One of the most powerful strategies any foundation can use to achieve its goals for a better society — in areas as diverse as health, energy, arts or education — is to engage in public education and advocacy campaigns on local, state or federal policies. It’s true that private funds, technological innovations and entrepreneurial financing models are valuable ways to enhance service delivery. But they simply aren’t sufficient in addressing complex, systemic problems that perpetually affect a large number of people. Many foundations have funded direct services as well as evaluations to show their effectiveness, hoping the programs would be expanded with public dollars. However, even the best-performing program won’t be scaled up without an explicit advocacy strategy. Fortunately, foundations can help bring thought leaders, community voices and good information into policy debates to achieve better results.
In 2015, the Bainum Family Foundation’s new strategic plan included policy advocacy to call attention to the need for greater public investments in our youngest children to address long-standing racial and economic inequities in Washington, D.C. Over a 30-year career in children and family policy, I’ve worked with many types of foundations to develop and implement their policy advocacy agenda. This experience, and my work with the Bainum Family Foundation in particular, led to the latest Bainum Brief, “Creating Change Through Policy Advocacy: 10 Ways Foundations Can Engage” — which describes why and how foundations across the country are using this important strategy to advance a wide variety of policies.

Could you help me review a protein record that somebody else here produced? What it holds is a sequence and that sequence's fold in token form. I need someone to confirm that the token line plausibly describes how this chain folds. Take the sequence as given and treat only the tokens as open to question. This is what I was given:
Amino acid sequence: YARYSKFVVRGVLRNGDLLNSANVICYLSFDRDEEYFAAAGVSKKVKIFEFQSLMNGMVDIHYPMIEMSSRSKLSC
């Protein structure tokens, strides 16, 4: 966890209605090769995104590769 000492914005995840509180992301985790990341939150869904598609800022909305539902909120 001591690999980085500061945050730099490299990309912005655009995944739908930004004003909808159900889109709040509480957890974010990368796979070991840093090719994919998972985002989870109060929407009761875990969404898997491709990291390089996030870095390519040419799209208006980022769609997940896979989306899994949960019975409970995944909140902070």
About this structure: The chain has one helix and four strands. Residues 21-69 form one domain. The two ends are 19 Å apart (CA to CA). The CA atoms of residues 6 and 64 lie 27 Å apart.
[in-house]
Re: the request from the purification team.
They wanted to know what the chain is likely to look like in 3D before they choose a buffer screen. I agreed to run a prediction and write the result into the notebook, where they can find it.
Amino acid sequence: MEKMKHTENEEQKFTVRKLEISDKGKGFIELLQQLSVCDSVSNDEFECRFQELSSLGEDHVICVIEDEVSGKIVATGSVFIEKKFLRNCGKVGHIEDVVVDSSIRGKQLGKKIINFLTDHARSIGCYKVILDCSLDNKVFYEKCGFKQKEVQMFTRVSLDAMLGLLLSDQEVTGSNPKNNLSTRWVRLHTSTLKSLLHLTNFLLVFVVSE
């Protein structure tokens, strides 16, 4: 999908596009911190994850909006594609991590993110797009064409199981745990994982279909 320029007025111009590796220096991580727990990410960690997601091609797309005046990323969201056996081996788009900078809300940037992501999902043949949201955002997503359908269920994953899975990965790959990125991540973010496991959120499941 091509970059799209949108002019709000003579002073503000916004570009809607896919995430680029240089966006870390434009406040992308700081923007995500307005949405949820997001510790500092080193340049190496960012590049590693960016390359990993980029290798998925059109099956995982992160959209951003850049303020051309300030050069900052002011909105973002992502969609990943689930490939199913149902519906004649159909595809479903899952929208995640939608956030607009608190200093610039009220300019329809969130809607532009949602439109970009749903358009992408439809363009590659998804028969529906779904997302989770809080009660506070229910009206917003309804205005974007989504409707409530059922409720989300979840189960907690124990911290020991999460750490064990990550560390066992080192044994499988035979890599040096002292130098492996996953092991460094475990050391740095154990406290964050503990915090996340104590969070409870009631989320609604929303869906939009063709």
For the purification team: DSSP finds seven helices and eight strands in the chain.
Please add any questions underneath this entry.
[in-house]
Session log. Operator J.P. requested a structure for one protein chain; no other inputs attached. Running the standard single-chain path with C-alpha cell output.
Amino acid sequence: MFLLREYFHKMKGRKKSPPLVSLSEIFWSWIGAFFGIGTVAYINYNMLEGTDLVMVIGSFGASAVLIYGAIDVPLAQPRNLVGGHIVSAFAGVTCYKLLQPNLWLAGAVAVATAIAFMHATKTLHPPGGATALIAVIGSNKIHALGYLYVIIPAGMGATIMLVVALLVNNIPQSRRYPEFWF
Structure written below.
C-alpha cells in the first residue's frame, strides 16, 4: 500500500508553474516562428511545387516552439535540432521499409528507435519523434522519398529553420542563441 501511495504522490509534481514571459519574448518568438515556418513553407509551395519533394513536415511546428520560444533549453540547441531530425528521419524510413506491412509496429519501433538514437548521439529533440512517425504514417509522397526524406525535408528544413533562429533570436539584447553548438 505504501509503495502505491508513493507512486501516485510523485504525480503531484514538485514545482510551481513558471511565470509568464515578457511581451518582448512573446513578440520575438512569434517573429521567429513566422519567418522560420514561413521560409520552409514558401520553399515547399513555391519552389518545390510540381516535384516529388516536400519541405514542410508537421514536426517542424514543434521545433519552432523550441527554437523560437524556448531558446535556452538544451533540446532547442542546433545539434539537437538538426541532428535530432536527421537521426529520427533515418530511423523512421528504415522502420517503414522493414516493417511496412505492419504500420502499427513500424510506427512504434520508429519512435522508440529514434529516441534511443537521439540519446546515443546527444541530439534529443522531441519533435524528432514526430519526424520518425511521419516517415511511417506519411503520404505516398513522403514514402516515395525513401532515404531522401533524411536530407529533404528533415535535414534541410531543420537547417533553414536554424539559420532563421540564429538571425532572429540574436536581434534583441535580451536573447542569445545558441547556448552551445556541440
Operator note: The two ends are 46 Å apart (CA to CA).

A 2020 report from the Center for Effective Philanthropy found that nearly three-quarters of foundation CEOs said they have increased policy efforts in the past three years — but the proportion of resources dedicated to that strategy is still small. The philanthropic community has made a good start — and it can and should build on those experiences to do more.
Foundations often cite a few common reasons for not engaging in policy — it’s too controversial, progress is uncertain and/or the legal rules aren’t clear. All three are valid concerns, but there are responses to each, and foundations can find great technical assistance through organizations such as the Alliance for Justice, which offers free advice on the legal rules for funders and grantees. Today, there is tremendous need and potential for policy change. The two upheavals of the racial justice movement and the COVID-19 pandemic in 2020 are only the most recent illustrations of the enormous inequities that must be addressed through public policies.
Foundations come in all shapes, sizes, interests and risk tolerances. Fortunately, there are many ways to engage in policy advocacy, and funders can find ways to participate that best suit their individual context. Almost any activity needed to advance good policies — research, community mobilization, communications, capacity building — can be done in a way that is not lobbying. Funders can design multi-issue, multisite initiatives, or choose a specific policy focus in a local area. They can be directly involved or use a more hands-off approach. One way to start is to allow existing grantees to use some resources for advocacy, including removing unnecessary lobbying restrictions from legal agreements.
The Brief provides 10 different models, along with many foundation examples. And because designing the right strategy is tricky, the Brief also provides a dozen general guidelines for effective involvement in policy advocacy.
No matter your size, scope or risk tolerance, if you are a funder, let me assure you ― you can engage in policy advocacy strategies. And I encourage you to explore them with the new Bainum Brief here.